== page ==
Trailing TSLA: A Tutorial on Trailing Stops
We explore volatility-driven trailing stops using Tesla (TSLA).
Markets were weak again this week, with the S&P-500 fragile for the second Friday in a row, often a sign of institutional repositioning.
Small stocks were a bright spot, up slightly for the week.
Expect more weakness going into the FOMC meeting later this month.
Overall, the indexes are holding up well, but the month is only half done.
Negative headlines have been ubiquitous since the start of September. But, unfortunately, no one really knows exactly what the market will do. In other words, if it doesn’t go up, it will go down. So, rather than be swayed by headlines, is there a way to manage your position objectively? One answer might be to use a trailing stop. Today I will discuss a volatility-based trailing stop from my book (Chande and Kroll, “The New Technical Trader,” via Wiley).
Small-cap stocks eked out a positive weak, and large-cap stocks weakened at week’s end to push the SPY lower. Overall the tone remains negative, though the SPY is approaching support and has touched its 50-day moving average.
The sensitive Bull/Bear balance from leveraged and inverse ETFs is still weak but barely negative, showing that the selling has been relatively moderate.
Below the index level, a look at the major US equity sectors shows that selling has now pushed both the very short-term and short-term breadth below zero, so as usual, the indexes are painting a more moderate view of the price action.
The major Vanguard market capitalization-focused ETFs show that the selling has now pushed short-term returns into negative territory, with value-oriented ETFs the weakest, as we expect during a down-move in the market. On the other hand, the growth-oriented ETFs have held up the best, and I would expect these to perform well when the uptrend resumes.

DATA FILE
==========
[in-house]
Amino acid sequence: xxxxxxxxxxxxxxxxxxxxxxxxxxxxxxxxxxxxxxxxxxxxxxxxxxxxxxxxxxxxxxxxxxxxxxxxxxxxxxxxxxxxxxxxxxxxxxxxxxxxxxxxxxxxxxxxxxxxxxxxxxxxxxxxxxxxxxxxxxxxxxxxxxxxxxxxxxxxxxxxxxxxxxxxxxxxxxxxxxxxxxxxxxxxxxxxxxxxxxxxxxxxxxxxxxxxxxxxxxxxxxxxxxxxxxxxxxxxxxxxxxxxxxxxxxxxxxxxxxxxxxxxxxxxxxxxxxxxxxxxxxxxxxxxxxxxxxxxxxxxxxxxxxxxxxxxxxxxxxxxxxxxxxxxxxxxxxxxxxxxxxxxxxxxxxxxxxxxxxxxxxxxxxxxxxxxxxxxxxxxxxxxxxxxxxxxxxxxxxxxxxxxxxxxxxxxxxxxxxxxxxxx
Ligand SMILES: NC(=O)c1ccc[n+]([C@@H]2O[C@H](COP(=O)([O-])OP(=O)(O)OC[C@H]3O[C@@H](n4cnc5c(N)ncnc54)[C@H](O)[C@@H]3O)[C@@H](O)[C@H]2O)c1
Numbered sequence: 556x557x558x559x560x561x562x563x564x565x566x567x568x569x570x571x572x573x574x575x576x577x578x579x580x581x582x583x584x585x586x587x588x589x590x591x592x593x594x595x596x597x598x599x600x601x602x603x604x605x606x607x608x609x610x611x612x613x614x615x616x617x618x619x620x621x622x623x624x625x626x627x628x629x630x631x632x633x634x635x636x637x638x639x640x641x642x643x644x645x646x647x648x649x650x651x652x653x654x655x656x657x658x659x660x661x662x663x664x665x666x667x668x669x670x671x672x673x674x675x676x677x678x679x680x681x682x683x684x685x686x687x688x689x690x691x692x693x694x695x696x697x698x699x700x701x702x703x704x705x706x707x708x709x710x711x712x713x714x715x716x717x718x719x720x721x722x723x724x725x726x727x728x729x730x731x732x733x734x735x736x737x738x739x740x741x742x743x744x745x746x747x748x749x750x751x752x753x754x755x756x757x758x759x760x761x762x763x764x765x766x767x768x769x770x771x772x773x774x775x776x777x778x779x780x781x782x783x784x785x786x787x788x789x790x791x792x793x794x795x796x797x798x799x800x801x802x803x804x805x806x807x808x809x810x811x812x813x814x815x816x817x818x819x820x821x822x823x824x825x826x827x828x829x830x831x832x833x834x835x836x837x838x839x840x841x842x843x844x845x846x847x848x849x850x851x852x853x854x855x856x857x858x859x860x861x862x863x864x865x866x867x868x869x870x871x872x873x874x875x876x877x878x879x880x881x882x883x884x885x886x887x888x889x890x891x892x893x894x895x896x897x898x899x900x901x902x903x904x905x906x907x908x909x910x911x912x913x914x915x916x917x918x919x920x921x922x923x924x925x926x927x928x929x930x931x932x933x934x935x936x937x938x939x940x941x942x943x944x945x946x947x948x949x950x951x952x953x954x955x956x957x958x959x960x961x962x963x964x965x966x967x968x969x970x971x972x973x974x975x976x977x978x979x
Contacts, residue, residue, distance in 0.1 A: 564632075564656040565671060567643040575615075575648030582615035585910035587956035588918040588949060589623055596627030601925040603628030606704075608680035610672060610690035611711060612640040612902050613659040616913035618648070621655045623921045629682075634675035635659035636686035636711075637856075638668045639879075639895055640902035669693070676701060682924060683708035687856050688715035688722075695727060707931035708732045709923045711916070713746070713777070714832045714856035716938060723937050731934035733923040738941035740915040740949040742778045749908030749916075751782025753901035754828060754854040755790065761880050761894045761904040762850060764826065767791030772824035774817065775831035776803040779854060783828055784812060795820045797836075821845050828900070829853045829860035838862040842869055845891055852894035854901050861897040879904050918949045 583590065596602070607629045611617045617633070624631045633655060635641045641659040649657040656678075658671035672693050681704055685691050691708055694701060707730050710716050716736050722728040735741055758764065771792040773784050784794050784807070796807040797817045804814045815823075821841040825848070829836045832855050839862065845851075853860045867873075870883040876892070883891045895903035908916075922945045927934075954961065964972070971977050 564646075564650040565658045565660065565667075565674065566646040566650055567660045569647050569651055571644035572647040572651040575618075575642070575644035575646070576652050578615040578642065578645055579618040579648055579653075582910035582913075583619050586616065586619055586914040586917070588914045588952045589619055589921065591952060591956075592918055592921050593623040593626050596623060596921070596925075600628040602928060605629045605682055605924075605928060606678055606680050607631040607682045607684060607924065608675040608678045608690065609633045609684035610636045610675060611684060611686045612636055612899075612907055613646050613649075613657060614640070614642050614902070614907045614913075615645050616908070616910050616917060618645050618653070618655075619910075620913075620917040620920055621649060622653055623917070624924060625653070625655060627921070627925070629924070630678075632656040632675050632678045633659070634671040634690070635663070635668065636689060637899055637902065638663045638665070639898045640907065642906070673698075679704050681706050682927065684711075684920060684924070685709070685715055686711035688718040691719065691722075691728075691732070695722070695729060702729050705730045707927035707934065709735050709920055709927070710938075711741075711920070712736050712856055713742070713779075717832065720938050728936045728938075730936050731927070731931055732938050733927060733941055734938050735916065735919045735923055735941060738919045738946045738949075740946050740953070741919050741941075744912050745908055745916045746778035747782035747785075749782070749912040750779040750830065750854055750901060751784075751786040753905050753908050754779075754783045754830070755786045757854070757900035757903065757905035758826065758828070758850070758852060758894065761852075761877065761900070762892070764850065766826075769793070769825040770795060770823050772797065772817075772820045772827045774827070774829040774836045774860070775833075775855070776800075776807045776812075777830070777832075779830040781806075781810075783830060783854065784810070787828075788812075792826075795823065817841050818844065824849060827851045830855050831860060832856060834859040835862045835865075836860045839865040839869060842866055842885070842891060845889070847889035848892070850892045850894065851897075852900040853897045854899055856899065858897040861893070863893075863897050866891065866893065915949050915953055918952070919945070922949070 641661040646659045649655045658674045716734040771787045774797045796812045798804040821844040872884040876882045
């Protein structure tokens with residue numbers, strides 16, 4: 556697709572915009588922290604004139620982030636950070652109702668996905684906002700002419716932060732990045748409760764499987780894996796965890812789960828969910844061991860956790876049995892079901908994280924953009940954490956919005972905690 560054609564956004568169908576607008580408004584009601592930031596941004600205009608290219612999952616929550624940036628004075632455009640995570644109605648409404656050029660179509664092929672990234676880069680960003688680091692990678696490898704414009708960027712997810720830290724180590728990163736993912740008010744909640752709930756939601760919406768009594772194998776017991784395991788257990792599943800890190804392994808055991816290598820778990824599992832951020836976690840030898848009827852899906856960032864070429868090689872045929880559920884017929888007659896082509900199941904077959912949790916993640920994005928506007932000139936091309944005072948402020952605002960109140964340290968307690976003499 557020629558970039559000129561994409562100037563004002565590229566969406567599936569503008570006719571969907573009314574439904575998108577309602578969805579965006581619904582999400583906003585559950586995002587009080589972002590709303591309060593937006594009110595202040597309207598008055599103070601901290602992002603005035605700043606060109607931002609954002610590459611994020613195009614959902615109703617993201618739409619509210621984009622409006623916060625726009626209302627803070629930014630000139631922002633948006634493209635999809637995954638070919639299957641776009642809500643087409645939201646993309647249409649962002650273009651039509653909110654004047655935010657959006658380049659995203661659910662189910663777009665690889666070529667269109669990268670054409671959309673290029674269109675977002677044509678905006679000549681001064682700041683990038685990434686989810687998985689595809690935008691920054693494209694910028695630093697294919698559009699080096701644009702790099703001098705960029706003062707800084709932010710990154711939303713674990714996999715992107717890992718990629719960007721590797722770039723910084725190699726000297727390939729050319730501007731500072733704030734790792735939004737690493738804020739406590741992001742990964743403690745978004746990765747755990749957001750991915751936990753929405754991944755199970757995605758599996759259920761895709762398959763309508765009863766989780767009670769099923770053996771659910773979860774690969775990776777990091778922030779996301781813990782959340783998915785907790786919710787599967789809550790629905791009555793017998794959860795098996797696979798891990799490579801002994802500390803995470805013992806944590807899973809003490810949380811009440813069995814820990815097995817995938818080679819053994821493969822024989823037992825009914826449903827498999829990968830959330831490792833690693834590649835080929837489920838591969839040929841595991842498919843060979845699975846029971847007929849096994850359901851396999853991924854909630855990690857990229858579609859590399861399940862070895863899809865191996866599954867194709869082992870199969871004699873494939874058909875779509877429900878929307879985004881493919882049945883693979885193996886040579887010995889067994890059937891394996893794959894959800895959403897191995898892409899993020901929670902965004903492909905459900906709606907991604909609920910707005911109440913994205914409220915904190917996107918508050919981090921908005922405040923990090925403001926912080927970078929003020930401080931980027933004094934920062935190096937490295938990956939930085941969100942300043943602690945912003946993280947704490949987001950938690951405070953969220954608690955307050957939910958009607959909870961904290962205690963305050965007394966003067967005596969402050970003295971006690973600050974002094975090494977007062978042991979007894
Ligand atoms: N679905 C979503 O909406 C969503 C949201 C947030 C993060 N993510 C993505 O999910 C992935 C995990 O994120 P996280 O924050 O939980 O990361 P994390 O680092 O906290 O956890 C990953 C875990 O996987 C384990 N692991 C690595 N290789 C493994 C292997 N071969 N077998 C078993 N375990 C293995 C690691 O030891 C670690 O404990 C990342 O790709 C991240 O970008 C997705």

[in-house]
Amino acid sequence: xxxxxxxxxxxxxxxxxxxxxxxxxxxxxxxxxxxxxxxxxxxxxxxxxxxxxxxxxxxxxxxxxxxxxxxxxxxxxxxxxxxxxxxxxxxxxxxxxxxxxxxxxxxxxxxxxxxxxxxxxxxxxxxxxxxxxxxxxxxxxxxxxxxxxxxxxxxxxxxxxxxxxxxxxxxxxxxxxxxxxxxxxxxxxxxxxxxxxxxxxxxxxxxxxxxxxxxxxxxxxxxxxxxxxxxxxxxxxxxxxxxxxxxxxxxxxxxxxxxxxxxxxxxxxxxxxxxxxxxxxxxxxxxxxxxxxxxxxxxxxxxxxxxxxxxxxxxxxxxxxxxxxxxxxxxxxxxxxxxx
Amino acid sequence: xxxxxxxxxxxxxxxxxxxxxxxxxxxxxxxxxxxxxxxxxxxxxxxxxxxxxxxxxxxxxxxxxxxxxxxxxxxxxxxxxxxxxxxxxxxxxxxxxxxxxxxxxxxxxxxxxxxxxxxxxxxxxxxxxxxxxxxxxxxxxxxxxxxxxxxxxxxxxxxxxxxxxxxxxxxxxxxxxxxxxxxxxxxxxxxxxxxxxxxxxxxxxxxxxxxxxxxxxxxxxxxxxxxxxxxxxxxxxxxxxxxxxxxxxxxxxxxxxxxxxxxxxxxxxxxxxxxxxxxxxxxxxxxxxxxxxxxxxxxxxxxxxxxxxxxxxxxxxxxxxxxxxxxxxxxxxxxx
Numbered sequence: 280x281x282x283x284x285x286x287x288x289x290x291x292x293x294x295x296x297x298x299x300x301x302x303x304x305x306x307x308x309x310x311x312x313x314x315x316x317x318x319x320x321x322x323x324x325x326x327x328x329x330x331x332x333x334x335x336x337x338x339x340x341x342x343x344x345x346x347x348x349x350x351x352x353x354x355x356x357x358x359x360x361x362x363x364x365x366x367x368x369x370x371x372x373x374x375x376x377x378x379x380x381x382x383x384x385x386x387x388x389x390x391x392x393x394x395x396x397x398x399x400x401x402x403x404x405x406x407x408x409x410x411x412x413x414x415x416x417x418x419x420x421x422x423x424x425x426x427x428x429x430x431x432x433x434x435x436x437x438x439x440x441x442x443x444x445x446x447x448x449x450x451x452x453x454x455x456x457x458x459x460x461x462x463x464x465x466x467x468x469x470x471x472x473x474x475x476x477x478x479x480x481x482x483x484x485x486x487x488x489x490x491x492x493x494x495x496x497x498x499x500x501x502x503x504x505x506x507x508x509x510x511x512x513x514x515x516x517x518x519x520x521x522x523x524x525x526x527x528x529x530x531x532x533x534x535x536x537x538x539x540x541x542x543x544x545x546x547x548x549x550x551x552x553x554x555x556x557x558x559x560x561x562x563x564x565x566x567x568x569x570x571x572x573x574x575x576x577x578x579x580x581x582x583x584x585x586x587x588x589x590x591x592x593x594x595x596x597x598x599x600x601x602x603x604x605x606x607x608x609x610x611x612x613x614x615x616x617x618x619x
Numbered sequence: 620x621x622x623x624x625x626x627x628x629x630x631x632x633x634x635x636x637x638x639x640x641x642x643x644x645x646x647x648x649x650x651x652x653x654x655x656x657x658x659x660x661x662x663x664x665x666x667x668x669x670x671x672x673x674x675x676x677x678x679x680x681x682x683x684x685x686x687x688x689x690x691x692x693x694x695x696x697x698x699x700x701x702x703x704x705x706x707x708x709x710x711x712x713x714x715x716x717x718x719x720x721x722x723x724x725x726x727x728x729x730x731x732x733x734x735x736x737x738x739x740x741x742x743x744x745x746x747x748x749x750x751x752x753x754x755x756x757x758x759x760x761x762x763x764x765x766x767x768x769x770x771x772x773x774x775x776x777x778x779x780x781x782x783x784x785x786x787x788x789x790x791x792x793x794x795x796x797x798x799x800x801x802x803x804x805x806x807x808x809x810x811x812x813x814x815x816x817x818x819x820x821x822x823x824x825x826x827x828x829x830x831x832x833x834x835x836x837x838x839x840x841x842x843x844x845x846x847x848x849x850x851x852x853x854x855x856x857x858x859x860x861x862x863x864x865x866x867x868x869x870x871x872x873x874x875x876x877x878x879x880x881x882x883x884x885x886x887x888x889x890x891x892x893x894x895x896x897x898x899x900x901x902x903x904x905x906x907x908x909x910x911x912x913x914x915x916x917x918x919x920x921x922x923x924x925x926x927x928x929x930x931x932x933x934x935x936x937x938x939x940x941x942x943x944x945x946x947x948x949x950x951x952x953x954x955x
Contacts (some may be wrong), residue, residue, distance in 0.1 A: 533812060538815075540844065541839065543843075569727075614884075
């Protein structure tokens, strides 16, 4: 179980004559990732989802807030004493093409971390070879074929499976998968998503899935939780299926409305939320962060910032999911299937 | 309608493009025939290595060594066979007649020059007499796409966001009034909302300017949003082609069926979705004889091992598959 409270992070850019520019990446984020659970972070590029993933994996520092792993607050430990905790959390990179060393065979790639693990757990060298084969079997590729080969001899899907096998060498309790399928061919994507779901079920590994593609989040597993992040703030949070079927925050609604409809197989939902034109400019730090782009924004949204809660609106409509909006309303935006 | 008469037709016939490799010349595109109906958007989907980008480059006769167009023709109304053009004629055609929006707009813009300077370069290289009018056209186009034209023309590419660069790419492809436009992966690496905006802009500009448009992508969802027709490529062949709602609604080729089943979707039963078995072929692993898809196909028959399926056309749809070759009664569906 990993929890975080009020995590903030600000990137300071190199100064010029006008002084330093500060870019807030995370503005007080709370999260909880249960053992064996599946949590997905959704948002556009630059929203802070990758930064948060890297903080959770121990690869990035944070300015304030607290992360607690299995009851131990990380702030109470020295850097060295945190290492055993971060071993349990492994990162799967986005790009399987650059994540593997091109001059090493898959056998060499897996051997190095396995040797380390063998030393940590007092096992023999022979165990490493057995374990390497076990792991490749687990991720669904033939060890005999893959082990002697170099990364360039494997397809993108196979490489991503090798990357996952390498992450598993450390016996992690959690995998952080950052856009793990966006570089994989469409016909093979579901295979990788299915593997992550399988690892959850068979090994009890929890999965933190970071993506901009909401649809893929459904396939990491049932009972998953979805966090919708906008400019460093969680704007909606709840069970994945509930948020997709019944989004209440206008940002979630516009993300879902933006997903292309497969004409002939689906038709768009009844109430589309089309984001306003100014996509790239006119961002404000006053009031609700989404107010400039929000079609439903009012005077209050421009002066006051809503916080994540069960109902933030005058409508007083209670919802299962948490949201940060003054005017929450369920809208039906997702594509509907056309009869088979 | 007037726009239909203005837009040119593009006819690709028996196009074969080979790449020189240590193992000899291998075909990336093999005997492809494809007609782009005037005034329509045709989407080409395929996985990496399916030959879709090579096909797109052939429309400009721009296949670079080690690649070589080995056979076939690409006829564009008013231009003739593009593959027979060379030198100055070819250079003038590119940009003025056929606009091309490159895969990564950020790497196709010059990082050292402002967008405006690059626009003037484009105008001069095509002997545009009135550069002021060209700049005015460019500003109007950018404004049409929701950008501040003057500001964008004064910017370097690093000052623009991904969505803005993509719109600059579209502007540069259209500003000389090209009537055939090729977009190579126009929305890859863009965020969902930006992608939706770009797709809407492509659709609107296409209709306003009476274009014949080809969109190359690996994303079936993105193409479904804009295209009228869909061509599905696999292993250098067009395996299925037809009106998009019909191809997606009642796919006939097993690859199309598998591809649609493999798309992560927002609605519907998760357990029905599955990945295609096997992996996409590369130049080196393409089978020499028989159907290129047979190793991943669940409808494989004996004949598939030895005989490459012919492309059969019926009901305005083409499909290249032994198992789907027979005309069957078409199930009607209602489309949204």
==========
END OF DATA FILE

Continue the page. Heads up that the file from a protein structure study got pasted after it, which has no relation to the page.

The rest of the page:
Trailing Stops - A Tutorial
What is a trailing stop?
A trailing stop is an order to exit a position at or near a preset price to protect profits or preserve trading capital. Trailing stops use a stop-loss order which becomes a market order when prices trade through the stop price. (Please consult your broker for the details of their implementation.) The broker will execute your order when specific conditions are fulfilled to trigger the stop, but the fill price is not guaranteed.
In technical analysis, a trailing stop is simply an algorithm that calculates an exit price for a stop-loss order as it follows or trails behind the prices. Today’s trading software can automatically update the trailing stop, so the market will get you out when it trades through your stop.
Who needs a trailing stop?
A trailing stop is needed only if you plan to hold the position for a “short” time. For example, if you want to hold a position for many years or decades, you may not need a trailing stop.
Are trailing stops “perfect”?
No, they are not the perfect way to exit every trade. If you trade for a long time, sooner or later, you will find that a stop shakes you out of a position, only to see the stock or commodity resume its prior trend. In hindsight, you will wish the stop had been closer (or farther away) for a given trade.
Is there more than one way to calculate the stop?
Yes, indeed. If you ask ten people, you will find thirty different ways to calculate stops.
What are the tradeoffs in calculating trailing stops?
The fundamental tradeoff is speed versus the ability to absorb volatility. Does your algorithm absorb some volatility without taking you out of the main trend? Does your stop move rapidly when the market itself is moving rapidly? Does the stop slow down when the market consolidates? Is your stop unidirectional (it keeps advancing regardless of market action)? There are many ways to calculate a trailing stop. For example, something as simple as a simple moving average can be used as a trailing stop.
Trailing Tesla - A Case Study
We begin by looking at Tesla (TSLA) in November-December 2020 before it joined the S&P-500 index. Naturally, a rally in TSLA was all but “guaranteed” due to demand from S&P-500 index ETFs and funds. How high would TSLA go? Would it stop rising once it entered the index just before Christmas, 2020? Let us look at the chart below.